The NASA Goddard Earth Sciences Data and Information Services Center (GES DISC) has just released a Web page describing the data rods available in the GES DISC data archives. 


These GES DISC data rods were created in a project supported by the NASA ACCESS Program. This data rods project had two primary goals: (1) to reorganize two large hydrological data sets as time-series for more efficient access by the Consortium of Universities for the Advancement of Hydrologic Science, Inc. (CUAHSI) and the larger hydrology community and (2) to integrate these time-series data, in the form of  data rods, into hydrology community tools, such as the CUAHSI Hydrologic Information System (CUAHSI HIS) and the EPA BASINS (Better Assessment Science Integrating point & Non-point Sources). These data rods contain data for various water cycle variables obtained from the North American Land Data Assimilation System (NLDAS) and the Global Land Data Assimilation System (GLDAS). 

Figure 5 shows a plot of an example data rod for surface runoff, for the location of Goddard Space Flight Center in Greenbelt, Maryland. (Surface runoff is the amount of water that runs off the surface of the Earth into streams and rivers following a rain shower or storm.) Data rods for NLDAS and GLDAS data from the GES DISC respectively cover the time periods of 1979-present and 2000-present. Note that, by specifying the start date and the end date (startDate and endDate), a data rod for a specific time period can be extracted. Figure 6 shows the same data as those for Figure 5 but only for the period 1996-1999, when surface runoff was elevated in the region.

Time series of surface runoff for GSFC lat/lon coordinates

Figure 5. Time-series for NLDAS surface runoff, 1979-present, for the geographical location of Goddard Space Flight Center in Greenbelt, Maryland. During the mid-1990s, surface runoff was elevated by several events.  (Click on the plot to see the original larger version of this time-series plot.)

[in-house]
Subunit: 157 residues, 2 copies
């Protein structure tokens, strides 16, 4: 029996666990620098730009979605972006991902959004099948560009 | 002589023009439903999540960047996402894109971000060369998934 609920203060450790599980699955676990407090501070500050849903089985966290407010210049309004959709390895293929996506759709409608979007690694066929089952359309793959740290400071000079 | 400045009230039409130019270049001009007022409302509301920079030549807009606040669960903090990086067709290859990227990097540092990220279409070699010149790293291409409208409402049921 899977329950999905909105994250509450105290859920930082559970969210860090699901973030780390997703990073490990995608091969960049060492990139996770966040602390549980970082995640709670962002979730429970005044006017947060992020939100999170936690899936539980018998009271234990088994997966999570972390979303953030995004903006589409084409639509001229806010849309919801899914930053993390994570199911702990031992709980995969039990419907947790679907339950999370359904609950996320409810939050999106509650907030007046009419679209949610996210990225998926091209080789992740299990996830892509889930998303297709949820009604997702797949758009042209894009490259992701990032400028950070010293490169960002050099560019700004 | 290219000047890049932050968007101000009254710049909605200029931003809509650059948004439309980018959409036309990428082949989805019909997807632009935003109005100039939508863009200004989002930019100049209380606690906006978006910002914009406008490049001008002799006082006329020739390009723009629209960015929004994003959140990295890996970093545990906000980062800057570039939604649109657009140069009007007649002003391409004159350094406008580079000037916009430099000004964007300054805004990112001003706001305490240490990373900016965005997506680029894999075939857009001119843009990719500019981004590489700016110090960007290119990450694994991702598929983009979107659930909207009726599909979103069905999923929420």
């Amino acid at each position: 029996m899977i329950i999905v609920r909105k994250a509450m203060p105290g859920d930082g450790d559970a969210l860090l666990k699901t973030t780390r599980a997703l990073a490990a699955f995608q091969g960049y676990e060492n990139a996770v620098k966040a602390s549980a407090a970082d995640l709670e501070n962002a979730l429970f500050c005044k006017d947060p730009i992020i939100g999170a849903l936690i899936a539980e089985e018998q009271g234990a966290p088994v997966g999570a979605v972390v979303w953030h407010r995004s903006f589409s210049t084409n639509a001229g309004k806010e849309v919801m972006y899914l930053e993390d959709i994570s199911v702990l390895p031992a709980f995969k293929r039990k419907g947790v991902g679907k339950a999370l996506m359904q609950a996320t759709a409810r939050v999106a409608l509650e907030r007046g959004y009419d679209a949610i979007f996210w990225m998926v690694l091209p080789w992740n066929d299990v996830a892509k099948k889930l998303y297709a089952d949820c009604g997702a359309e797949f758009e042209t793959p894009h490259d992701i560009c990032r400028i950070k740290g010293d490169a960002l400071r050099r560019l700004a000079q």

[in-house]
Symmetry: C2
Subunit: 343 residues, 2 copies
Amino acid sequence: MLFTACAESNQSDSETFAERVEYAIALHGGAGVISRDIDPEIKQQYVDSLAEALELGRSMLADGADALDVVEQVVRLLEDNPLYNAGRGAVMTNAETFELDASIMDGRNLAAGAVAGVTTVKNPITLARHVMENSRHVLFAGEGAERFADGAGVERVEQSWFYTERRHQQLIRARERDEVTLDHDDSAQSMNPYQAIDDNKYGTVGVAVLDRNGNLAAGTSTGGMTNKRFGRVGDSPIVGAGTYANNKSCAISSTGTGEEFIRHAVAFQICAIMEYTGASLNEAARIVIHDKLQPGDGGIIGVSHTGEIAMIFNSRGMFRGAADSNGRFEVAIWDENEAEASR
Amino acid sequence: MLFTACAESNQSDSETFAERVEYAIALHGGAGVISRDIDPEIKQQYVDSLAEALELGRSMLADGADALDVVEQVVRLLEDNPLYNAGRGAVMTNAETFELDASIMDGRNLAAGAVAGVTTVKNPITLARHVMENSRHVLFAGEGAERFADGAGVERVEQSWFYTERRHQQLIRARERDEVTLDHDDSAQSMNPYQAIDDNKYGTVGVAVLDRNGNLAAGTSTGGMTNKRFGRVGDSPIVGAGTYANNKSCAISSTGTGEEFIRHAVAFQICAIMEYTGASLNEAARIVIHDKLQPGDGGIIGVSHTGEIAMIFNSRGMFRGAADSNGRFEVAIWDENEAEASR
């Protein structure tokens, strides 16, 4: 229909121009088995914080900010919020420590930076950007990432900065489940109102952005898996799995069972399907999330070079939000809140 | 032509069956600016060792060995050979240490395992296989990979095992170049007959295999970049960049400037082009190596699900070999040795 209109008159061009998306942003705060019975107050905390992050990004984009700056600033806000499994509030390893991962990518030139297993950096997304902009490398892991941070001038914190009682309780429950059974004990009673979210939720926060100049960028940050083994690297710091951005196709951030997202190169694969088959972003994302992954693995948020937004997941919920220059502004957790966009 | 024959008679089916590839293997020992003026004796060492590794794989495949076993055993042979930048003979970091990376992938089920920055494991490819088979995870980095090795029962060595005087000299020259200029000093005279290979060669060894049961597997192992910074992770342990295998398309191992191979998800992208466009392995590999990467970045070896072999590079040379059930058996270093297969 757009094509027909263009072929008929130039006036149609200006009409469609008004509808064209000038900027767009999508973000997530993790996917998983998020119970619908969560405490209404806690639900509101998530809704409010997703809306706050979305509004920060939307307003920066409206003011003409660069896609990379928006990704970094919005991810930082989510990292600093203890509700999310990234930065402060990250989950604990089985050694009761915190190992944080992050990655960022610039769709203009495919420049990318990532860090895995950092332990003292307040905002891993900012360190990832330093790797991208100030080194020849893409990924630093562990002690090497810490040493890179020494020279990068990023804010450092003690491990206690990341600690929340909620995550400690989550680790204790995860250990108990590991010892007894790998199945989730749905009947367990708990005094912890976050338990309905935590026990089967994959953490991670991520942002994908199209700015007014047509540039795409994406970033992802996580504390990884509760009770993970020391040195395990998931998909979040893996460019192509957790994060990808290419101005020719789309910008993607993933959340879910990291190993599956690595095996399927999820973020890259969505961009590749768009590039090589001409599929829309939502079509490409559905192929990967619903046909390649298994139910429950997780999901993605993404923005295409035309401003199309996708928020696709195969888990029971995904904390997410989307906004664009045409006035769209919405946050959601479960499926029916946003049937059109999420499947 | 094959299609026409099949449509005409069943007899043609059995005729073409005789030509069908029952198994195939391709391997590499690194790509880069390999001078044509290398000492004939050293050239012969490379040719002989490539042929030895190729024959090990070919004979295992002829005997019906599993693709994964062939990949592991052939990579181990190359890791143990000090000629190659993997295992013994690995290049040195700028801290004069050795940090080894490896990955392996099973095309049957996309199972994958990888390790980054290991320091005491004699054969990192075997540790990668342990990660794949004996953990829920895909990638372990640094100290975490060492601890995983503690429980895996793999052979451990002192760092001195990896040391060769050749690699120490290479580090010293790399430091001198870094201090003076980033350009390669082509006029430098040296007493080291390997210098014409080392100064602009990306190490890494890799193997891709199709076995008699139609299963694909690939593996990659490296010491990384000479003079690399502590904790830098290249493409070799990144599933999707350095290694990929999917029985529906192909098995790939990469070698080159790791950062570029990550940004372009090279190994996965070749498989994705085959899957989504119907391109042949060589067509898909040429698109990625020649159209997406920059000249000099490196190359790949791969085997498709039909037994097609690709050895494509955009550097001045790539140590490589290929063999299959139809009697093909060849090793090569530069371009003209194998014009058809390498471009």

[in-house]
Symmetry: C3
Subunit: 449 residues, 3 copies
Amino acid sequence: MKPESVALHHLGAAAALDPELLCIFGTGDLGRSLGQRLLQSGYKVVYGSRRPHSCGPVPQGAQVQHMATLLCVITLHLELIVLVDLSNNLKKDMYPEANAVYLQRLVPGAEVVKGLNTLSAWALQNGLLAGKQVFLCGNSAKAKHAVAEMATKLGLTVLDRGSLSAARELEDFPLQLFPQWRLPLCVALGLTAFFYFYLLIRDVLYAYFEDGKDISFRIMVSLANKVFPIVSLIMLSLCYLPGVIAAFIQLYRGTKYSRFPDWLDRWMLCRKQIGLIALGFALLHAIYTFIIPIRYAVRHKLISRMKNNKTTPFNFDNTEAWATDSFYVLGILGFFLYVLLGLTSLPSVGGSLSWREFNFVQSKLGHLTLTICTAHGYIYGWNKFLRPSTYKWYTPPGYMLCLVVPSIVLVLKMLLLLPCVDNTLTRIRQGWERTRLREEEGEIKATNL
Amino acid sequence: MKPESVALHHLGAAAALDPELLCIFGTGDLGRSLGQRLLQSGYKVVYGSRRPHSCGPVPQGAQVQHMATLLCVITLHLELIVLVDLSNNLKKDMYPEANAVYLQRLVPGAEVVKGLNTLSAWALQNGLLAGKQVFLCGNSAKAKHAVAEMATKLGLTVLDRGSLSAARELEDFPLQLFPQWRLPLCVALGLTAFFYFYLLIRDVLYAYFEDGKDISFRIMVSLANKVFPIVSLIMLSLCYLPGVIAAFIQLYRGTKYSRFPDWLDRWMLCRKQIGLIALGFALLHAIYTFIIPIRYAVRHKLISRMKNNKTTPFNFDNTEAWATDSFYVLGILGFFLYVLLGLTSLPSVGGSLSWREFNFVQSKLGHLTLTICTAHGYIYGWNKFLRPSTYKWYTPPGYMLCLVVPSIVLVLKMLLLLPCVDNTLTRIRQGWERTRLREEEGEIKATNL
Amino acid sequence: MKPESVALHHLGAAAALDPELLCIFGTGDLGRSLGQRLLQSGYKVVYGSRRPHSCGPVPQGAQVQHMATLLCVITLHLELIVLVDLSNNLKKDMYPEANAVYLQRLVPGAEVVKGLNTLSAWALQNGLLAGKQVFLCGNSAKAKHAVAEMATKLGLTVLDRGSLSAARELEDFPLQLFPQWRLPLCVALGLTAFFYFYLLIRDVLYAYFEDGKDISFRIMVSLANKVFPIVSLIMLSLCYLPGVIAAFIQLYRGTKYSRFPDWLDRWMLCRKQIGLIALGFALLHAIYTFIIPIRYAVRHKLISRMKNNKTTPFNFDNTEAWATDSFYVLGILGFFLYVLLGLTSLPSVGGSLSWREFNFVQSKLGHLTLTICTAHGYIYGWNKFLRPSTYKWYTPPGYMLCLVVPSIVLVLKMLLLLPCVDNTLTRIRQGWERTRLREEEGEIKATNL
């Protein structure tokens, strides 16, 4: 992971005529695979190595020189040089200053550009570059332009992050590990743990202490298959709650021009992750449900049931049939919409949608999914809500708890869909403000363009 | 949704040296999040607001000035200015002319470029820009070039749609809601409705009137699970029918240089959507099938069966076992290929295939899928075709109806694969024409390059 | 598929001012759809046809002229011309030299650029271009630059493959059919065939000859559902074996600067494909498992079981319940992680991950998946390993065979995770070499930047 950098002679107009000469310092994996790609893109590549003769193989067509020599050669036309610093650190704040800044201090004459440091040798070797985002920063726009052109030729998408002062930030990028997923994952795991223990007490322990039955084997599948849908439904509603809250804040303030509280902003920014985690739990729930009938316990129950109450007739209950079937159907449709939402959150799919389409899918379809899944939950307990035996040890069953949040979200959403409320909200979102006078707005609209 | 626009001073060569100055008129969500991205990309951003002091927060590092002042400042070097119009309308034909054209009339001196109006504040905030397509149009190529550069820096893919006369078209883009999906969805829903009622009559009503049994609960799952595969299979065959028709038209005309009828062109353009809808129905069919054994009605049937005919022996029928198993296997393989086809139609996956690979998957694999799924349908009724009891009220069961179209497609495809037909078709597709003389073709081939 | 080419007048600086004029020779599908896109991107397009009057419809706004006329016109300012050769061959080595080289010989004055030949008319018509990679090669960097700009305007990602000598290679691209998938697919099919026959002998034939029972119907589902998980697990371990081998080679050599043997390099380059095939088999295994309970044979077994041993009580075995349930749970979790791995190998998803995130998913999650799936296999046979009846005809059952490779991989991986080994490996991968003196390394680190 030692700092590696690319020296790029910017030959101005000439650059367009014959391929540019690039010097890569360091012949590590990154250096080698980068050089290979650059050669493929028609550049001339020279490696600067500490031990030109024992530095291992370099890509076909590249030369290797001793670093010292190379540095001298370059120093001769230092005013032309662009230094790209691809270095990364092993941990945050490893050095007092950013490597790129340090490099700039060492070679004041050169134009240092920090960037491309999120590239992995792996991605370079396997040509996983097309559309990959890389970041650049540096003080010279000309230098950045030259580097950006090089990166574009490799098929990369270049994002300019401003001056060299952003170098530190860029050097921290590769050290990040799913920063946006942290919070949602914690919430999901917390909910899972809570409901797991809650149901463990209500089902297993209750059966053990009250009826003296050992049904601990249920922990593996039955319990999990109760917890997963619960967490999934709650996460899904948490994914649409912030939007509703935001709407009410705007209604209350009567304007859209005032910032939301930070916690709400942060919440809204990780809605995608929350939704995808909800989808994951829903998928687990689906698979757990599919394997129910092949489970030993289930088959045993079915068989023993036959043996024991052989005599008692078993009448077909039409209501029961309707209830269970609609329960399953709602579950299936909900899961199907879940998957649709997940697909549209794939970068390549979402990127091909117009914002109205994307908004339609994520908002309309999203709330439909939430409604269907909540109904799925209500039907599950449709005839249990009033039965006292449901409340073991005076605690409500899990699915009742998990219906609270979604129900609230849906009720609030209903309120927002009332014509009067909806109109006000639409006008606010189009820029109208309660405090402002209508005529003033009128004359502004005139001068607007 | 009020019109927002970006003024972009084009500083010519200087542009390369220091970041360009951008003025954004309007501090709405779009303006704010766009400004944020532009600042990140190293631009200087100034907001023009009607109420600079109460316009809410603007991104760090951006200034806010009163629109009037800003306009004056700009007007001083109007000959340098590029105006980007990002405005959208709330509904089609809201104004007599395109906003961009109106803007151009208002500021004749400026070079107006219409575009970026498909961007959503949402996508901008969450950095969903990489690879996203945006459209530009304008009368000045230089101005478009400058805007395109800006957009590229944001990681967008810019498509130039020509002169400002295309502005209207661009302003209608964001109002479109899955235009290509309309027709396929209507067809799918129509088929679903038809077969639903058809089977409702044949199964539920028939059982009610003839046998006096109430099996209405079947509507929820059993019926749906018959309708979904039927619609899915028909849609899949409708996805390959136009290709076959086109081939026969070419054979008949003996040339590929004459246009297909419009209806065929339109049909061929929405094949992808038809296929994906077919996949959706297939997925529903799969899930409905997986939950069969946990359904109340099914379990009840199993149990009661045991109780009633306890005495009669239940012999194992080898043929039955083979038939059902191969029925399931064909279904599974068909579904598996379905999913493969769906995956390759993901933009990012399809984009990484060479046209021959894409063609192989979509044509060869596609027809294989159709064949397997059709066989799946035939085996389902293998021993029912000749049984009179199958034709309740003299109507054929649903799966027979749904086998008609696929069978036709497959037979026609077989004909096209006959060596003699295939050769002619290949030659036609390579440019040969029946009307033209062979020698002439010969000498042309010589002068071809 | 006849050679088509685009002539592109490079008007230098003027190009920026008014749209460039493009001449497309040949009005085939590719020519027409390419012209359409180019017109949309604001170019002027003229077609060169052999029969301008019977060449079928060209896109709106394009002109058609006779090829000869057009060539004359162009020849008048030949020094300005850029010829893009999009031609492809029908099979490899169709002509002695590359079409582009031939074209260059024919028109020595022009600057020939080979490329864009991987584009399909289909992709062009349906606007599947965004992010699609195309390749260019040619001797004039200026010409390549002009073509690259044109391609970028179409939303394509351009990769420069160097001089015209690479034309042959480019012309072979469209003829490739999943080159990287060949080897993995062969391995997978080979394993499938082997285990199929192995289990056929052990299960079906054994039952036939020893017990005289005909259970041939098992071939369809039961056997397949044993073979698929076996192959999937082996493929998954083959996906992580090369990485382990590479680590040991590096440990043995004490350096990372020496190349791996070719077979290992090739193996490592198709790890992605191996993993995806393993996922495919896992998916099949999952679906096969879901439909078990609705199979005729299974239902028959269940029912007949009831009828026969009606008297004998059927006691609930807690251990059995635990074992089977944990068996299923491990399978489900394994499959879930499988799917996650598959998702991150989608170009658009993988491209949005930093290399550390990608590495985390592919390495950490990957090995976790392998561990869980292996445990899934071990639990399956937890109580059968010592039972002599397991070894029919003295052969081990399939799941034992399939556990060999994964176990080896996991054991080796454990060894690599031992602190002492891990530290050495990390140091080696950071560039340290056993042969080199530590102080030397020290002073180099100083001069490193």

Time series of surface runoff for GSFC lat/lon coordinates, 1996-1999
Figure 6. Time-series for NLDAS surface runoff, 1996-1999, for the geographical location of Goddard Space Flight Center in Greenbelt, Maryland. Two of the largest events generating surface runoff occurred in early winter (December 1996) and late autumn (November 1997). In November 1997, about three times more rain than average for the month fell in the Washington D.C. region, caused by a slow moving low-pressure system off the southeast U.S. coast. (Click on the plot to see the original larger version of this time-series plot.)
The tables on the Data Rods (Time Series Data) page provide information on the elements that are used to construct a URL request for the Data Rods Web services.
How the URL is constructed for the plot in Figure 6 (hourly time-series data of NLDAS surface runoff) is described below
Here is the complete URL:, 39.0)&startDate=1996-01-01T00&endDate=1999-12-31T23&type=plot
The first section of the URL is where the data are stored at the GES DISC:
timeseries.cgi” invokes the time-series (data rods) retrieval function.
The next section specifies the data set and the surface runoff variable.
The location can be specified with either NLDAS or GLDAS grid IDs or with latitude and longitude, as shown below. Note that the longitude value comes before the latitude value.  (Negative longitudes indicate the Western Hemisphere, and negative latitudes indicate the Southern Hemisphere.)
&location=GEOM:POINT(-76.84, 39.0)
The next section specifies the starting date and ending date. Because the data are hourly, the first hour and the last hour are specified as well, by the two digits following the “T” (00 to 23).
The last section of the URL requests a plot of the data.
The only change needed to request ASCII data instead of a plot is as follows:
Rui, H., R. Strub, W.L. Teng, B. Vollmer, D.M. Mocko, D.R. Maidment, and T.L. Whiteaker, 2013. Enhancing access to and use of NASA earth sciences data via CUAHSI-HIS (Hydrologic Information System) and other hydrologic community tools, 2013 AGU Fall Meeting, San Francisco. (PDF)
Rui, H., B. Teng, R. Strub, and B. Vollmer, 2012. Data reorganization for optimal time series data access, analysis, and visualization, 2012 AGU Fall Meeting, San Francisco. (PDF)
Teng, W., H. Rui, R. Strub, and B. Vollmer, 2015. Optimal reorganization of NASA earth science data for enhanced accessibility and usability for the hydrology community, Journal of American Water Resources Association, in review.

We would like to thank the other members of the “data rods” project team for contributing their parts of the project, to which the data rods are connected: David Maidment, Tim Whiteaker, David Arctur, and Gonzalo Espinoza Davalos of the University of Texas at Austin; and Christa Peters-Lidard, David Mocko, and Dalia Kirschbaum of the NASA GSFC Hydrological Sciences Laboratory.


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Last updated: Aug 11, 2015 11:33 AM ET